• When the run commenced on Lehman, it drove Merrill Lynch, the country's largest brokerage house, into the arms of Bank of America, creating the world's largest brokerage with more than $2.5 trillion in assets and 20,000 "financial advisers." Merrill, whose symbol was an optimistic though ferocious black bull, had also invested billions in tainted subprime securities. Government regulators also forced the sale of Bear Stearns Companies, another major mortgage securities player, to JPMorgan Chase for a bargain-basement sale price of $10 a share (the initial price was $2 a share). Like Lehman, Bear effectively evaporated.
  • The U.S. government seized Freddie Mac and Fannie Mae, the two largest mortgage issuers and guarantors, and promised to infuse the companies with cash to keep them afloat. Their liabilities vastly exceeded their assets and they were losing a total $50 billion in the third quarter of 2008 alone. Since they insured, loaned, or sold securities representing $5 trillion -- about half of the U.S. mortgage market -- they were deemed "too big to fail."
  • Caught in the opaque business of insuring mortgage securities through the shadowy and then-unregulated world of credit default insurance, the government effectively took over AIG, the world's largest insurer. The Federal Reserve lent it more than $80 billion
    by early 2009, part of a $150 billion bailout. It, too, was deemed too large to go bust, because its mortgage and derivatives positions threatened the global financial system.
  • Seeking refuge in the regulated banking system, the remaining Wall Street investment banks morphed into old-fashioned, deposit-oriented banks. Goldman Sachs and Morgan Stanley applied to become regulated banking companies with federal oversight. American Express followed later in the year. The Age of Froth was truly over as the cowboy operations that thrived on 30-to-1 (and higher) leverage became history.
  • The mother of all bailouts came as wintry storms arrived with an Old Testament vengeance in the autumn of 2008. With rancorous and reluctant Congressional approval, Treasury Secretary Henry Paulson and Fed Chairman Ben Bernanke on October 1 ushered through a sketchy $700 billion bailout package called the Troubled Asset Relief Program (TARP), which would pump money into banks, possibly buy bad mortgages, and prop up the financial system for a short time. This massive cash transfusion was designed to prevent credit markets from shutting down and avert a global depression. Meanwhile, the Fed was lending some $2 trillion to banks, attempting to break a credit freeze that threatened to shut down all institutional lending. Paulson later backtracked on his earlier proposal to buy mortgages, triggering even more concerns that his master plan was ill conceived and ineptly managed. Sensing that the real purpose of all of the bailout measures was to stem the foreclosure crisis, the Federal Deposit Insurance Corporation announced its own mortgage bailout plan on the heels of the Paulson announcement. Several large banks said they would do voluntary loan modifications to reduce the cost of adjustable-rate loans, although they were under no legal obligation to do so.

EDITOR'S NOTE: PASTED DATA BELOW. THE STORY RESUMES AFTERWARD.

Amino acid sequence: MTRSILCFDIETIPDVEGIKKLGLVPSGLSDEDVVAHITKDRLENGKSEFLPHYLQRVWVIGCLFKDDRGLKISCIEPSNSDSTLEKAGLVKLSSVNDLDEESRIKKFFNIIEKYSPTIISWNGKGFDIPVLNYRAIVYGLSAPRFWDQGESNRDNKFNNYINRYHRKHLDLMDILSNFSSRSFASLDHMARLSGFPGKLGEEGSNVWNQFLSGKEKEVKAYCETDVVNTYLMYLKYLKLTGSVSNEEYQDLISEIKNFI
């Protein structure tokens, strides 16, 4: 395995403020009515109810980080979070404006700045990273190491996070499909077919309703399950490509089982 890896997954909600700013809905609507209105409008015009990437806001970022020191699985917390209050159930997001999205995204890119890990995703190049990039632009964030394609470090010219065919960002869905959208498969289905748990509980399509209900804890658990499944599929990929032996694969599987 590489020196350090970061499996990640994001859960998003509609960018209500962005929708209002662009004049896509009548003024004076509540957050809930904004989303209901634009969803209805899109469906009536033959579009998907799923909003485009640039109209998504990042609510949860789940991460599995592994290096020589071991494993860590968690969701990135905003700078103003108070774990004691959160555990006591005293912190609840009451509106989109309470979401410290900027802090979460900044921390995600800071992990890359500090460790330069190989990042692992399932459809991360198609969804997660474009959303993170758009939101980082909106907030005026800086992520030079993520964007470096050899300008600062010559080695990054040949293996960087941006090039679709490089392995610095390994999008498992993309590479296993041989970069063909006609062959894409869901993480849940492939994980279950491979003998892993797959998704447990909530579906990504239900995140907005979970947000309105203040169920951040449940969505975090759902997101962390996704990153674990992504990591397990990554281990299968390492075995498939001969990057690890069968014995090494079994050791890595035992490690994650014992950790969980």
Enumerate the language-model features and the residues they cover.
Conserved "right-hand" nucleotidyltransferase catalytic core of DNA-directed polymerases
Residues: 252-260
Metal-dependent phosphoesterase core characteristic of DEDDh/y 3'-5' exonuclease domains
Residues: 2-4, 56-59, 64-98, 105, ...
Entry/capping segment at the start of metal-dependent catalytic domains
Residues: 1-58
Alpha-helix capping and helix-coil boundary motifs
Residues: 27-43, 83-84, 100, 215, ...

• After more dithering over how TARP funds would be allocated, Secretary Paulson and Fed Chairman Bernanke moved to prop up Citigroup, one of the largest global lenders, with a $20 billion cash infusion and guarantee of more than $300 billion of its loans. Within days, responding to criticism that banks were the exclusive benefactors of the government's bailout, the Fed moved to guarantee certain mortgage, credit-card, and student-loan securities.

An incisive look at the consequences of today's costly and damaging suburban lifestyle.

Wasik's observations are firmly grounded in exclusive on-the-ground research, interviews with thought leaders, and the latest studies and statistics. He exposes the untold truths about home ownership: “green” isn't always so “green”; life isn't cheaper after accounting for gas, water, and taxes; and modern suburban living isn't so idyllic considering the toll it takes on our health. But some are attempting to revive suburbia, and Wasik shows us how.

The roots of the worst housing bust in generations lie in the mythology of the American dream: buy as much house as possible, move away from urban centers, home prices will always go up, the schools there are “better.” The foundation of the dream itself is faulty; indeed, the desire that “every man have his castle” is bankrupting us.

Today's crisis in home values is the least of suburbia's problems. The Cul-de-Sac Syndrome details the destructive connections between home ownership, economics, and the environment. John Wasik provides powerful insights into how the U.S. suburban lifestyle became unsustainable and what can be done to salvage it.


Book of the Month

Book about investing

Advertise on MoneyMatters101.com



Accessibility Policy| Terms Of Use| Privacy Policy| Advertise with Us| Contact Us

Use of this web site constitutes acceptance of the Terms of Use.

We are looking to create more mutually beneficial partnerships. If you are interested in partnering with MoneyMatters101.com, send us your proposal.


Link to MoneyMatters101.com